Egyptian Prosecutor-General Hamada al-Sawy on Wednesday informed his Italian counterpart on the procedures and information undertaken so far regarding the murder of Italian PHD student Paolo Regeni.
Egypt and Italy hold a common interest in the truth of this case, Sawy said.
Wednesday’s meeting aims to keep both sides up to date regarding the investigations, he added, and showcase that the public prosecution is transparently handling all facts of the case.
Sawy stressed that Egypt and Italy must work together on the case by exchanging information and evaluating the situation.
The meeting continued for four hours and will be followed by another meeting in Italy.
Regeni, a 28-year-old Italian Cambridge student researcher, was living in Cairo to undertake field research for his PhD thesis on Egypt’s independent unions.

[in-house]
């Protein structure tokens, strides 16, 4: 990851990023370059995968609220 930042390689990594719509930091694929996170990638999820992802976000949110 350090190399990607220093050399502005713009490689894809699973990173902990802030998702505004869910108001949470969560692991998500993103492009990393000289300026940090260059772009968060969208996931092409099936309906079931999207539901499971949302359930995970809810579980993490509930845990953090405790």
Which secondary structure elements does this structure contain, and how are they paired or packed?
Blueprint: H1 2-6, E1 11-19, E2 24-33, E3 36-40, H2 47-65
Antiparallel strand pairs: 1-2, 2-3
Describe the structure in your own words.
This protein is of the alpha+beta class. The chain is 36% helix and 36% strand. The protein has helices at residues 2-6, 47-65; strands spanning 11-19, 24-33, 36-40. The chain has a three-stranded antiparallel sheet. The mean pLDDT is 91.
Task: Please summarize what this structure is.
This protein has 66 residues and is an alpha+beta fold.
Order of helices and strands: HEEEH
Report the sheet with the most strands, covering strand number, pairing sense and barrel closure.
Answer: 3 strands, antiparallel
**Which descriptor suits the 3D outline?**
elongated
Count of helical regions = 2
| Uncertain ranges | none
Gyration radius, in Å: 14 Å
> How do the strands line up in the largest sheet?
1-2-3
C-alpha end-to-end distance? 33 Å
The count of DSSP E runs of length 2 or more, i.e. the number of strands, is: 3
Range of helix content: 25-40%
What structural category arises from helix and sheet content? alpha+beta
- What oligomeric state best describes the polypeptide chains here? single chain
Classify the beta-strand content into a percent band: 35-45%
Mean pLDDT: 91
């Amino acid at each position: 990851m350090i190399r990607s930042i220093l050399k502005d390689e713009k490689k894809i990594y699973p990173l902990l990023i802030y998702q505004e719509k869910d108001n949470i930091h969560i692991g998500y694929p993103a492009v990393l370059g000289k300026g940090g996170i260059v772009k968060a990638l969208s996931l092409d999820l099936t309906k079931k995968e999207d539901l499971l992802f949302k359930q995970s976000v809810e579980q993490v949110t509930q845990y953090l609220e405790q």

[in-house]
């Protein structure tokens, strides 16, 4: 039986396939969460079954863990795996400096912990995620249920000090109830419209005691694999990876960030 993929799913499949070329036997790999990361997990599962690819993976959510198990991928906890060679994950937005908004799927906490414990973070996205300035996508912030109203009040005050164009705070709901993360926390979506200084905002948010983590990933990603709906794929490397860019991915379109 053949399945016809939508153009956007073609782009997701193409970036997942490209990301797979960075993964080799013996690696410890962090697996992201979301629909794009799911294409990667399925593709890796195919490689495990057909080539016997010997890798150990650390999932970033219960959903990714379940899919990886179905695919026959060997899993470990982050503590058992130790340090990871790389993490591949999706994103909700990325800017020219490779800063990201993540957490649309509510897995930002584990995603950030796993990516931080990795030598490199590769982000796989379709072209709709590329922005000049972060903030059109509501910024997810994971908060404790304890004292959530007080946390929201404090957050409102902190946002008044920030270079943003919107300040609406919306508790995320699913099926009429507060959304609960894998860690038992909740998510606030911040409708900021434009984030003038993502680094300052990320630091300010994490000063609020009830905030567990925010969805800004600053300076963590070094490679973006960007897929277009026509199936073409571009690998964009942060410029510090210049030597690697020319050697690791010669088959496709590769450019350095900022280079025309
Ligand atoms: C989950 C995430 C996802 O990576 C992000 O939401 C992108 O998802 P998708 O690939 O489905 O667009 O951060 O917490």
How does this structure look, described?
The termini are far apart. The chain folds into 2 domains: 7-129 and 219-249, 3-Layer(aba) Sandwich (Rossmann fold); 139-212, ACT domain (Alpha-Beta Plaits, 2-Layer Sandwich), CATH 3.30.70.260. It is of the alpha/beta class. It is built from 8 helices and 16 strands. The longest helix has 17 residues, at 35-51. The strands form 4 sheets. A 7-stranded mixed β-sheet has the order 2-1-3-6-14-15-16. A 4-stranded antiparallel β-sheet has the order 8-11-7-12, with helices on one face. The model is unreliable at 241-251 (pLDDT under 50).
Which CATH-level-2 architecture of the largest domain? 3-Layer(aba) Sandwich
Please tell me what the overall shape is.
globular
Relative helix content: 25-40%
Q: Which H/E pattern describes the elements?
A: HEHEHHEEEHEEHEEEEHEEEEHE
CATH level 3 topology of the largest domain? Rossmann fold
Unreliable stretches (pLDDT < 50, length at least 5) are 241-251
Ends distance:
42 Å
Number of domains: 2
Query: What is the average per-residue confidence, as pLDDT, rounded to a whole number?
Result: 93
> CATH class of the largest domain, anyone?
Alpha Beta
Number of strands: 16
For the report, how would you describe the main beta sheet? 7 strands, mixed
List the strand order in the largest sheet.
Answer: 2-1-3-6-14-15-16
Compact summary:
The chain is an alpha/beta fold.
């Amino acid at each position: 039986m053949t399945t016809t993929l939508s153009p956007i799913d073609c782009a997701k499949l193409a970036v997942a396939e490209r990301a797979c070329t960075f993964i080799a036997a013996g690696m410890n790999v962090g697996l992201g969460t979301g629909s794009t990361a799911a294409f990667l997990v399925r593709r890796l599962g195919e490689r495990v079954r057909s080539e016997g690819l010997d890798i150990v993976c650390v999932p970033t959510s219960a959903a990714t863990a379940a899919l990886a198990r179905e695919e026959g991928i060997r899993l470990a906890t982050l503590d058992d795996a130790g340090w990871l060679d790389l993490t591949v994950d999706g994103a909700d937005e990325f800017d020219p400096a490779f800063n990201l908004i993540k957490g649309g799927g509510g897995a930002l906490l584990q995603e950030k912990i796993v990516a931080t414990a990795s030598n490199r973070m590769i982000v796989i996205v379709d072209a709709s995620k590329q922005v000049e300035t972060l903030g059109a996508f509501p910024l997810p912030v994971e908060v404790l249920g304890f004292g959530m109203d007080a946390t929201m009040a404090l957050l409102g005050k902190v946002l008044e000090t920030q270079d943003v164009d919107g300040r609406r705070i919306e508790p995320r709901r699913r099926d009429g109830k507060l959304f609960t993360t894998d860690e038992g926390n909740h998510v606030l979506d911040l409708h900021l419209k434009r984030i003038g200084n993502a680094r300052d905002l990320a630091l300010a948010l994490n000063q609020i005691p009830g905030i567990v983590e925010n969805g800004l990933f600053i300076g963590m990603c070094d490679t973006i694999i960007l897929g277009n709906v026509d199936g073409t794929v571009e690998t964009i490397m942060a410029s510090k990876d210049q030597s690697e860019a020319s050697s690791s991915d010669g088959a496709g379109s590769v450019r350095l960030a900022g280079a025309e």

He disappeared January 2016 in central Cairo at a time when there was heavy police presence in anticipation of protests.
Regeni’s body, bearing signs of torture, was later found by the side of a road.
Police officials at first suggested Regeni might have died in a road accident. They have thus far released scant information about their investigation.
An Italian autopsy showed that Regeni’s body was covered with cuts and his bones were broken, indicating he had been hit with “fists, batons and hammers”.
Egypt emphatically denied that its police were involved in his abduction.
Egypt has pledged to bring Regeni’s killers to justice, and Egyptian and Italian investigators have held regular meetings in Rome. Italian officials stated that they have received all the requested evidence – such as phone records – but more than a year after, Regini’s murder remains unsolved.